Ecologies of Cultural Production
Public workshop, Monday 2 September 2019, Trinity Long Room Hub
On Monday 2 September we will hold a workshop to discuss issues arising out of this project and to share our initial findings.
The event will run through the morning of 2 September and will conclude with a lunch. The launch of the initial findings will be preceded by moderated panels comprised of industry and academic speakers.
Panel Speakers confirmed to date include:
- Gillian Doyle, Professor of Media Economics, School of Culture and Creative Arts, University of Glasgow
- Ed Guiney, producer and co-founder of Element Pictures
- Willie White, director, Dublin Theatre Festival
- Anne Clarke, Landmark Productions
Panel chair: Professor Geoffrey Crossick, Distinguished Professor of Humanities, School of Advanced Study, University of London.
Attendance is free of charge and all are welcome.
For further information, please contact Assoc. Prof. Ruth Barton firstname.lastname@example.org
Ecologies of Cultural Production is a research project based in Film Studies within the School of Creative Arts. The focus is on career construction in film, television drama and theatre – how do people enter the fields of filmmaking, television drama and theatre-making, and how do they build and develop their careers?
The project is funded by Creative Ireland's National Creativity Fund, a five-year initiative led by the Department of Culture, Heritage and the Gaeltacht. Arising out of the programme’s core proposition that cultural participation drives personal and collective wellbeing, the Ecologies of Cultural Production project examines aspects of the cultural infrastructure (funding, organisations, creative labour) crucial to the cultural production necessary to encourage consumption and participation in the arts.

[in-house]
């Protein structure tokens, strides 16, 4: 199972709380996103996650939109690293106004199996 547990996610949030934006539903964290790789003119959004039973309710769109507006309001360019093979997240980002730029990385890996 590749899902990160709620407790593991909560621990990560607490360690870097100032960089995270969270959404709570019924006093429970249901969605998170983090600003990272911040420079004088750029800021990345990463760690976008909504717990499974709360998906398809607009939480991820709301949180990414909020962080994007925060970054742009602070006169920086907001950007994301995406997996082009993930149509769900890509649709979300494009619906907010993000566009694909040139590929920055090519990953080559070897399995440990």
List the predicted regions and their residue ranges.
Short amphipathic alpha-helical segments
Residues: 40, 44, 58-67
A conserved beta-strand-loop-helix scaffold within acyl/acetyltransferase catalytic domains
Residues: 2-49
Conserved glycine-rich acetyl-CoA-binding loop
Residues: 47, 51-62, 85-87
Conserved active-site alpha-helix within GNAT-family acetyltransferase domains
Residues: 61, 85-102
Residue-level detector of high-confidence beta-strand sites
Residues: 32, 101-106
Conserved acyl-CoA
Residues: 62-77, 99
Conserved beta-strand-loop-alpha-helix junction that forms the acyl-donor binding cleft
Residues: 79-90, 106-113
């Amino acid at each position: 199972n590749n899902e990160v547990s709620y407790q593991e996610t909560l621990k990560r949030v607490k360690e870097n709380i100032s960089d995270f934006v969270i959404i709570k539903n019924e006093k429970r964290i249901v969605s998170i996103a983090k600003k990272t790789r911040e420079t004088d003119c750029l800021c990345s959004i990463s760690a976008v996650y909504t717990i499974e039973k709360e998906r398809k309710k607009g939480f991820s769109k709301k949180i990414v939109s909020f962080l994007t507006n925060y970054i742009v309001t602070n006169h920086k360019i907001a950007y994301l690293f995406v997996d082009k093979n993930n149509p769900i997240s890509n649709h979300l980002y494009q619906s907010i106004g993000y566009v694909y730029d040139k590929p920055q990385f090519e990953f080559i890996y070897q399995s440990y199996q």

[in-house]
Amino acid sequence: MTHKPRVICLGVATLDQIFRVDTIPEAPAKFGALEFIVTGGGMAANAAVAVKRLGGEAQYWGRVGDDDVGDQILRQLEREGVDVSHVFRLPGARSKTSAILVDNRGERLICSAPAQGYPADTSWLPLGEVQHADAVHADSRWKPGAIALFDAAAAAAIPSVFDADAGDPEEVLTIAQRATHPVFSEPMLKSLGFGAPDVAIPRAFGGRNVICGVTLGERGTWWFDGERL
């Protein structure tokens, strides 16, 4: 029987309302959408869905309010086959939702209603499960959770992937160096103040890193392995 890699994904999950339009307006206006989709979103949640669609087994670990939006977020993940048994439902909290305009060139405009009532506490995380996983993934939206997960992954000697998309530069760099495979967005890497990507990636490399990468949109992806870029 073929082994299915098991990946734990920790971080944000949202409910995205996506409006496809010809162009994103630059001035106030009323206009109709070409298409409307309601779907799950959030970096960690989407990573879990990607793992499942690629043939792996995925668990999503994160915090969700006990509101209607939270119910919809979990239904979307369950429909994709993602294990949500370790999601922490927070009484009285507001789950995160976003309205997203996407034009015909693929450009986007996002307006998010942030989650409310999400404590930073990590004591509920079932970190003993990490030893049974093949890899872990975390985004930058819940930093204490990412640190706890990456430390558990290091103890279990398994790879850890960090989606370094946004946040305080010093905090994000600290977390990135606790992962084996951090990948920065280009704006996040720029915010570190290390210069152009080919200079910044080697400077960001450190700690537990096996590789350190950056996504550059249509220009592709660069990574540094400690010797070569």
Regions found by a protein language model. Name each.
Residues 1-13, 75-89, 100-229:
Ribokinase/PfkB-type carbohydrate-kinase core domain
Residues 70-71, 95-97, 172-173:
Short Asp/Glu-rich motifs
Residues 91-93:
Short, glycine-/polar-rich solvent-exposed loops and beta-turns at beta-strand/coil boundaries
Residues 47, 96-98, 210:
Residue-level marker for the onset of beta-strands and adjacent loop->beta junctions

Through a survey of prominent creative workers (actors, writers, and directors in film, television drama and theatre) the research aims to:
- understand how creative workers in film, television drama and theatre enter the sector and progress their careers;
- examine the role of public cultural subsidies in career development;
- illuminate the extent of career mobility between the film, television and theatre sectors;
- examine the evolution of creative clusters (e.g. drama societies, production companies, theatre groups, regional broadcasters, etc.);
- examine the extent to which creative workers in these sectors must supplement their incomes from other sources.
The purpose of the project is to inform public policy on arts funding and to establish a methodology that might be applied to all sectors of cultural production. While the initial phase of the research involves gathering data about careers in acting, directing, screenwriting and playwrighting, later phases will broaden out to examine a wider range of film and theatre occupations, extending the enquiry into additional creative, technical, and craft careers.
Our approach reflects new directions in international research on the effectiveness of arts policy. Where previously, researchers measured success through analysing cultural consumption (e.g. through audience research), now the focus has shifted to cultural production and the interdependencies between cultural outputs. Ecologies of Cultural Production will be the first survey of its kind in Ireland, taking a ground-breaking approach to analysing the long-term effects of arts policy.
The two immediate outputs will be a one-day seminar, 'Ecologies of Cultural Production', and a written report for Creative Ireland.
Principal Investigator: Assoc. Prof. Ruth Barton, Head of School, School of Creative Arts, Trinity email@example.com
Co-investigator: Emeritus Prof. John O'Hagan, Emeritus Fellow, Economics, School of Social Sciences and Philosophy, Trinity firstname.lastname@example.org
Lead Researcher: Dr. Denis Murphy, Film Studies, Trinity email@example.com